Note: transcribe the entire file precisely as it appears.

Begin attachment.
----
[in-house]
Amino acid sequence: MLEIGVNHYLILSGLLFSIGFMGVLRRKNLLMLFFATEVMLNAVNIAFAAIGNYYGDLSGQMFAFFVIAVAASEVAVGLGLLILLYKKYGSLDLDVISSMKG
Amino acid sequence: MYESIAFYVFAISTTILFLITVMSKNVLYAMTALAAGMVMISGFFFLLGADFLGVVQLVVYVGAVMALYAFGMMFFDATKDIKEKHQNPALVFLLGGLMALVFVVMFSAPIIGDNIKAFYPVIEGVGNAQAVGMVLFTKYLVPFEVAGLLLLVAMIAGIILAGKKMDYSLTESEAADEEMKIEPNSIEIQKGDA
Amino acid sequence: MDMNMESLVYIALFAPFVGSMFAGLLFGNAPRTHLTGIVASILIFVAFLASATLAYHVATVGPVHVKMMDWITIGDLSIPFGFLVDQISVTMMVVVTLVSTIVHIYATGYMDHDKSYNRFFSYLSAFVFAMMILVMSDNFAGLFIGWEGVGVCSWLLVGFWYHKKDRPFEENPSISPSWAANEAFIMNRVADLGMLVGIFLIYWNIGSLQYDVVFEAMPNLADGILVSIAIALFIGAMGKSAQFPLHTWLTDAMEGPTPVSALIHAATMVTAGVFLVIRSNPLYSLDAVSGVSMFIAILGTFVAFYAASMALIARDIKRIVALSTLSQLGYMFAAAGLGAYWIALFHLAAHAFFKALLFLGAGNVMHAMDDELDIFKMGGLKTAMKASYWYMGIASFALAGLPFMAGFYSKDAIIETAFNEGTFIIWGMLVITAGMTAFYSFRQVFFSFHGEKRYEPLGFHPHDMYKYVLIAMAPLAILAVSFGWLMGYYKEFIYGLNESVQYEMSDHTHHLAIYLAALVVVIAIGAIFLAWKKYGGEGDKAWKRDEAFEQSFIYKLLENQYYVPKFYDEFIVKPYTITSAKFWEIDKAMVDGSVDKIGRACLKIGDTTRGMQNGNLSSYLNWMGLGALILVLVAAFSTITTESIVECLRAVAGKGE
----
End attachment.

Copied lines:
[in-house]
Amino acid sequence: MLEIGVNHYLILSGLLFSIGFMGVLRRKNLLMLFFATEVMLNAVNIAFAAIGNYYGDLSGQMFAFFVIAVAASEVAVGLGLLILLYKKYGSLDLDVISSMKG
Amino acid sequence: MYESIAFYVFAISTTILFLITVMSKNVLYAMTALAAGMVMISGFFFLLGADFLGVVQLVVYVGAVMALYAFGMMFFDATKDIKEKHQNPALVFLLGGLMALVFVVMFSAPIIGDNIKAFYPVIEGVGNAQAVGMVLFTKYLVPFEVAGLLLLVAMIAGIILAGKKMDYSLTESEAADEEMKIEPNSIEIQKGDA
Amino acid sequence: MDMNMESLVYIALFAPFVGSMFAGLLFGNAPRTHLTGIVASILIFVAFLASATLAYHVATVGPVHVKMMDWITIGDLSIPFGFLVDQISVTMMVVVTLVSTIVHIYATGYMDHDKSYNRFFSYLSAFVFAMMILVMSDNFAGLFIGWEGVGVCSWLLVGFWYHKKDRPFEENPSISPSWAANEAFIMNRVADLGMLVGIFLIYWNIGSLQYDVVFEAMPNLADGILVSIAIALFIGAMGKSAQFPLHTWLTDAMEGPTPVSALIHAATMVTAGVFLVIRSNPLYSLDAVSGVSMFIAILGTFVAFYAASMALIARDIKRIVALSTLSQLGYMFAAAGLGAYWIALFHLAAHAFFKALLFLGAGNVMHAMDDELDIFKMGGLKTAMKASYWYMGIASFALAGLPFMAGFYSKDAIIETAFNEGTFIIWGMLVITAGMTAFYSFRQVFFSFHGEKRYEPLGFHPHDMYKYVLIAMAPLAILAVSFGWLMGYYKEFIYGLNESVQYEMSDHTHHLAIYLAALVVVIAIGAIFLAWKKYGGEGDKAWKRDEAFEQSFIYKLLENQYYVPKFYDEFIVKPYTITSAKFWEIDKAMVDGSVDKIGRACLKIGDTTRGMQNGNLSSYLNWMGLGALILVLVAAFSTITTESIVECLRAVAGKGE